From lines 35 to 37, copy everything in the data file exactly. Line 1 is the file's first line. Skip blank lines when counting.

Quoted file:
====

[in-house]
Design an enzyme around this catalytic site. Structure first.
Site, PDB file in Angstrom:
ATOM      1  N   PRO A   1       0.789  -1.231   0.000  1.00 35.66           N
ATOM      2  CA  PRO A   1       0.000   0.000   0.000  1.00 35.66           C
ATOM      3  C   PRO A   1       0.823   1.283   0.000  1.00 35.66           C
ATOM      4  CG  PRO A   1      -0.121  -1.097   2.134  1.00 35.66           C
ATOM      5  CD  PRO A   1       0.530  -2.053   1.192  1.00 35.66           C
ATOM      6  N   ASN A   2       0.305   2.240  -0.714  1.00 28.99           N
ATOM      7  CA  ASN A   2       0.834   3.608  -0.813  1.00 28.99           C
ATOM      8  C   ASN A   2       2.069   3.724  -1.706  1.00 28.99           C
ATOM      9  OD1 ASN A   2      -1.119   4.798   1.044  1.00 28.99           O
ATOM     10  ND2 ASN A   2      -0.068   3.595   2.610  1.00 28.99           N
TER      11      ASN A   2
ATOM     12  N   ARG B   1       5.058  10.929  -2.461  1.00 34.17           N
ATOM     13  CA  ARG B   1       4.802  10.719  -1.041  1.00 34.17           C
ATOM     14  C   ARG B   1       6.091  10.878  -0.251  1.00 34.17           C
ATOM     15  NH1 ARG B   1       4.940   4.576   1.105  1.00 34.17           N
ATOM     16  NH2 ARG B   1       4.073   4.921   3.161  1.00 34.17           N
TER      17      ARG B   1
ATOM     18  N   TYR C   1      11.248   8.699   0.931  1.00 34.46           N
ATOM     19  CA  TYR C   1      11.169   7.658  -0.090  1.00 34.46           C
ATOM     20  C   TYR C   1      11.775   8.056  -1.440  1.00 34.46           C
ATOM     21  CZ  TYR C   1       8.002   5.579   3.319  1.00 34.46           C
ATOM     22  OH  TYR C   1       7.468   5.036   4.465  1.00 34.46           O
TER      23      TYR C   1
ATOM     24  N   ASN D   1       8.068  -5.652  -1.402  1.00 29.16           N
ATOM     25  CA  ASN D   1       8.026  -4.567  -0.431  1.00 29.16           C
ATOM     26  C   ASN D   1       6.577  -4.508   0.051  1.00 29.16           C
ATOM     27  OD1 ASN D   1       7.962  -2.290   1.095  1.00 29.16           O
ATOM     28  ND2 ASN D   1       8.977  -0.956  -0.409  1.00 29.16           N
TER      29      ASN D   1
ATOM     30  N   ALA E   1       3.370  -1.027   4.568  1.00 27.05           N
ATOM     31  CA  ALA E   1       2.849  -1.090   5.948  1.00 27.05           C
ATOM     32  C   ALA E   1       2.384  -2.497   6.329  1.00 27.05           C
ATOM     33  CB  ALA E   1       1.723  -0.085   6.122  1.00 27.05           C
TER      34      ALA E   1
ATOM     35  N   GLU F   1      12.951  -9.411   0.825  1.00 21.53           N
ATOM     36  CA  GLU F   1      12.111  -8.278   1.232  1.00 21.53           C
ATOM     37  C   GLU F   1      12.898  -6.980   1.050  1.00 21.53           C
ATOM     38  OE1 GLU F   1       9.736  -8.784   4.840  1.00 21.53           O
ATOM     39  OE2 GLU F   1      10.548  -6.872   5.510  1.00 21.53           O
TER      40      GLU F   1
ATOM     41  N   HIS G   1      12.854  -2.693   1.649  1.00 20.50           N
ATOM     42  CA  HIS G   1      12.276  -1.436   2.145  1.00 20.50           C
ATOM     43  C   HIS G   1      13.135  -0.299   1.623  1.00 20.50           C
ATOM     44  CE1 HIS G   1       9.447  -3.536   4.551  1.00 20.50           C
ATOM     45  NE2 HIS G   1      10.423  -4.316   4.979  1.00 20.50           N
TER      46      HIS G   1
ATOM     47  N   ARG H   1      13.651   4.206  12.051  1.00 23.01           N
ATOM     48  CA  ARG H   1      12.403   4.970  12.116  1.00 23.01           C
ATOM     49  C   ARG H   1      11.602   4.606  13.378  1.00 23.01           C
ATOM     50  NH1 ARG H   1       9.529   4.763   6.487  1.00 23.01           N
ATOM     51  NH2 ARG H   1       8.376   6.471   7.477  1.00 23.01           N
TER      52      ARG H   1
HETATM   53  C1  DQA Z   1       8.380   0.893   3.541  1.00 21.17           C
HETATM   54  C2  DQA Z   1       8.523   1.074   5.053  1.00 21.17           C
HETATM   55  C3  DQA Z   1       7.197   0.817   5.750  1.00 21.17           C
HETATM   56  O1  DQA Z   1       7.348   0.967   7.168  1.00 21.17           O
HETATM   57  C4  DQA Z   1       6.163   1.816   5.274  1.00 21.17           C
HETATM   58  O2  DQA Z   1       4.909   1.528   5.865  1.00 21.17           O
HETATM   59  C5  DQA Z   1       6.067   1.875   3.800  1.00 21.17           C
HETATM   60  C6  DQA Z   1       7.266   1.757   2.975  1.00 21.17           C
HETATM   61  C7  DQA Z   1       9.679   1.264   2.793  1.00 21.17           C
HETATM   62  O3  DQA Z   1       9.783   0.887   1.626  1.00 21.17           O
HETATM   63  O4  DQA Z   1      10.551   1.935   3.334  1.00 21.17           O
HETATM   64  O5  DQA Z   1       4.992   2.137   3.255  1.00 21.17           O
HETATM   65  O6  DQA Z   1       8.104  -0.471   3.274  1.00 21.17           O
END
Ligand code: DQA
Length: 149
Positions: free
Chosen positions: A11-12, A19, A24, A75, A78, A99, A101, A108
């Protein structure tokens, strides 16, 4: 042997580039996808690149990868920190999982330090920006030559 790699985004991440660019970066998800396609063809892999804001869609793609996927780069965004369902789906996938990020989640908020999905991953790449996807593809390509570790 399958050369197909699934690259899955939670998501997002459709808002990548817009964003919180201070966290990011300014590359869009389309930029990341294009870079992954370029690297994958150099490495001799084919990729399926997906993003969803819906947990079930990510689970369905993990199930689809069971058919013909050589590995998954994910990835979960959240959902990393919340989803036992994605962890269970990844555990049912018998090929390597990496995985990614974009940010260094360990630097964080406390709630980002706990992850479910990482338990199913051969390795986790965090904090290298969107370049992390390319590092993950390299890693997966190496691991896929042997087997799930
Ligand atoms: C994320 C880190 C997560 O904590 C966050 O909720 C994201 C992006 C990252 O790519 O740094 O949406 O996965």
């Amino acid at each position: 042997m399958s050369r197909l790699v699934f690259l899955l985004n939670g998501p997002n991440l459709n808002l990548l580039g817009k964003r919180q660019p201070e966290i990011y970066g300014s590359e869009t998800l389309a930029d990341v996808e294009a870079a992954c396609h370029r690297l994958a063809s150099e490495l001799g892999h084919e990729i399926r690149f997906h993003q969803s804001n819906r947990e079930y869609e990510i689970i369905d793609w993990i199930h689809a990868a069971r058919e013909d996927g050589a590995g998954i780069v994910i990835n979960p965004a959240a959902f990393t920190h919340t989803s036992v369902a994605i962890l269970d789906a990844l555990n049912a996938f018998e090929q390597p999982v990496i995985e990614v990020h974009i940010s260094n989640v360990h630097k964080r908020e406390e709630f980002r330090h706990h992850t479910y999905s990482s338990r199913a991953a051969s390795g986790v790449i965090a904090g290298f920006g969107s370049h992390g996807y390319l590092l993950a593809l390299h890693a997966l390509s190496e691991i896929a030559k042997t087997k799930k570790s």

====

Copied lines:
ATOM     32  C   ALA E   1       2.384  -2.497   6.329  1.00 27.05           C
ATOM     33  CB  ALA E   1       1.723  -0.085   6.122  1.00 27.05           C
TER      34      ALA E   1